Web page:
By taking the middleman out of the process, RTB could be compared to fee-free online brokerages that allow consumers to buy and sell stock on an app.
However, as they say in the financial world, “Just because you can buy something without advice from a professional, that does not mean you should.”
Financial marketers understand better than anyone the need for guidance from a trained advisor. A qualified RTB campaign manager consults with ad tech tools and ad exchanges to identify the best available ad inventory to meet the campaign objectives. Not only does this make the campaign more successful; it also cuts down on wasted impressions and improves the overall ROI.
How is RTB Different from Programmatic Advertising?
Very few financial marketers are aware of the nuances between RTB and programmatic advertising, so let me help clear up some confusion.
RTB is one way to execute a programmatic buy, but it is not the only way. Another popular technique is to buy guaranteed inventory that is not reliant upon an auction process. Guaranteed inventory is more expensive, but it makes sense for some advertisers who want their ads to appear on very specific websites.
Bottom line – the terms RTB and programmatic should not be used interchangeably. Programmatic refers to the technology used to streamline the purchase of digital ads by automating the process. That said, programmatic is not totally automated all of the time.
The manual, or “human elements” of programmatic include the setting of campaign parameters, such as geographic and demographic targeting, or specific ad formats. Another non-RTB element is the purchase of guaranteed inventory directly from a publisher on the ad exchange, such as a homepage takeover or a non-traditional ad unit. Financial marketers might also want to manually tweak the income range, geography, or other parameters if they find the campaign is not delivering enough impressions.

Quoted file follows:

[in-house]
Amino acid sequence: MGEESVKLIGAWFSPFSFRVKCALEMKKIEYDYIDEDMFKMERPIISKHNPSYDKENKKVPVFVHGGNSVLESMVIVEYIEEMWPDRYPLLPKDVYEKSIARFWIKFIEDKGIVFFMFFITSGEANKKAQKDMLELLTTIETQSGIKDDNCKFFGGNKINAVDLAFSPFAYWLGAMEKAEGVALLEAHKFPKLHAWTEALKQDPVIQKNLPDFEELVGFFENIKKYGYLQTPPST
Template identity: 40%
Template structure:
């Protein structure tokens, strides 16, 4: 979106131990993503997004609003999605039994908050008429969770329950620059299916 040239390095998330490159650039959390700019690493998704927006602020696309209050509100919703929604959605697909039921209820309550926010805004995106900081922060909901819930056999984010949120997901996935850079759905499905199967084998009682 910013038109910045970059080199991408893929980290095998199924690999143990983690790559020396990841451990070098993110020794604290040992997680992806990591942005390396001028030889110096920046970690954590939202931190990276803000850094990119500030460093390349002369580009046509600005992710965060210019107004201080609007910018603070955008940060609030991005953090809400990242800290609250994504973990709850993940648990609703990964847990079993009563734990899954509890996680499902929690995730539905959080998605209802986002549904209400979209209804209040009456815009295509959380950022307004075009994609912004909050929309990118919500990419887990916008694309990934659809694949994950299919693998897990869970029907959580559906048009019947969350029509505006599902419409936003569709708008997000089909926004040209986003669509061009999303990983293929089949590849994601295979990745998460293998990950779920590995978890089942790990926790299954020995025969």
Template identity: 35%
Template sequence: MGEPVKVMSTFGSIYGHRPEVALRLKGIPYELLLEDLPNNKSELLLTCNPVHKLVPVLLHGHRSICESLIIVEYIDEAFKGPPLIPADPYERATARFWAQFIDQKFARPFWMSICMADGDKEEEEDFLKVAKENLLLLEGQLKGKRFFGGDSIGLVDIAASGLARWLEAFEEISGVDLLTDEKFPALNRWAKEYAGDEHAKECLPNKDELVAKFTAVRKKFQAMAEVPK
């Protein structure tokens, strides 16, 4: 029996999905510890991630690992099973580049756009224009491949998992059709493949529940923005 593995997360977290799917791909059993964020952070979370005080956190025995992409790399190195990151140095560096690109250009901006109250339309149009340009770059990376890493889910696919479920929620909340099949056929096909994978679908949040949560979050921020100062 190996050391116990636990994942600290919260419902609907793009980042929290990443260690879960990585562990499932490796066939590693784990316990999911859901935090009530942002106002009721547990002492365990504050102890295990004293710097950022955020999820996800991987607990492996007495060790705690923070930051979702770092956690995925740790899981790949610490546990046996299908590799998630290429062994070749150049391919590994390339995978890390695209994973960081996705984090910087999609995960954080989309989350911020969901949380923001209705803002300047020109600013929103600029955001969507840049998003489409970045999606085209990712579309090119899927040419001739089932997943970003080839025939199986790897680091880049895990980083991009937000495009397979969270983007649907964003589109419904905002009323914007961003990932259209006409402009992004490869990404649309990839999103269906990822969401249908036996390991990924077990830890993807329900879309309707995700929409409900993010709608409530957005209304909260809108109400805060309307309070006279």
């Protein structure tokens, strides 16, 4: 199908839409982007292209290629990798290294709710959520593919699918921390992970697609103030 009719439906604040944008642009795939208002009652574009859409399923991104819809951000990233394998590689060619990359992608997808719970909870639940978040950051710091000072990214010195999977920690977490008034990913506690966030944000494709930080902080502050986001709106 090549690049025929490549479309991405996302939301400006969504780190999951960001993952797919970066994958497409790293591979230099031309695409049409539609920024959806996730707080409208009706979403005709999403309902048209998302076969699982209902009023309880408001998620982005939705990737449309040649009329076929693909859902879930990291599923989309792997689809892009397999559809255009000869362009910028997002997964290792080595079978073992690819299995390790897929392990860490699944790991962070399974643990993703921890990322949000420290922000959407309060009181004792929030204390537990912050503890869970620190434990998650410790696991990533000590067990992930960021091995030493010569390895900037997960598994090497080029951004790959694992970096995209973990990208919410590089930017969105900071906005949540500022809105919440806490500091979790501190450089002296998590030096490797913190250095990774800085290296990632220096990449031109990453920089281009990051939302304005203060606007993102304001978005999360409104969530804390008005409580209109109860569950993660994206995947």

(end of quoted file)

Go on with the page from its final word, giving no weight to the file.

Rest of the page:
What is the Benefit of RTB for Financial Marketers?
Efficiency. RTB is a measurable way to encourage action within a highly targeted segment. Financial marketers have a very specific niche of investor audiences from high-net-worth self directed investors, to accredited individuals to different types of advisers like RIA or private wealth manager types to even users with certain apps on their devices, and want to reach them efficiently without wasting ad dollars on unqualified prospects.
Of course, any financial professional knows that efficiency = cost savings. It is no wonder that RTB is particularly appealing to anyone looking to grow wealth for themselves and others.
Scalability is another benefit of RTB that is often overlooked. Because the software allows financial marketers to find out which tactics perform best over time, an optimized campaign will adjust to spend more money on those tactics. Scaling up the campaign would then be a simple matter of applying more budget to the most successful strategies.
Key RTB Programmatic Takeaways
As a dynamic method for managing digital campaigns for optimal performance, RTB is an important tool within a financial marketer’s toolbox. Because of its innate efficiency, real-time bidding has breathed new life into traditional display advertising.
Although part of the programmatic ads space, RTB is only one method of buying advertising within this sphere. That being said, it is hard to imagine digital marketing without RTB technology.
Just as an investor would seek guidance from a financial professional, a financial marketer interested in RTB would find faster results with the help of a digital marketing agency.
If you need help executing any of the programmatic advertising campaign elements discussed here, get in touch today (before a competitor does)! Our team of financial marketing programmatic advertising experts would love to help you market your firm’s funds, services or investment approach to drive AUM growth. It’s easy. Get in touch here.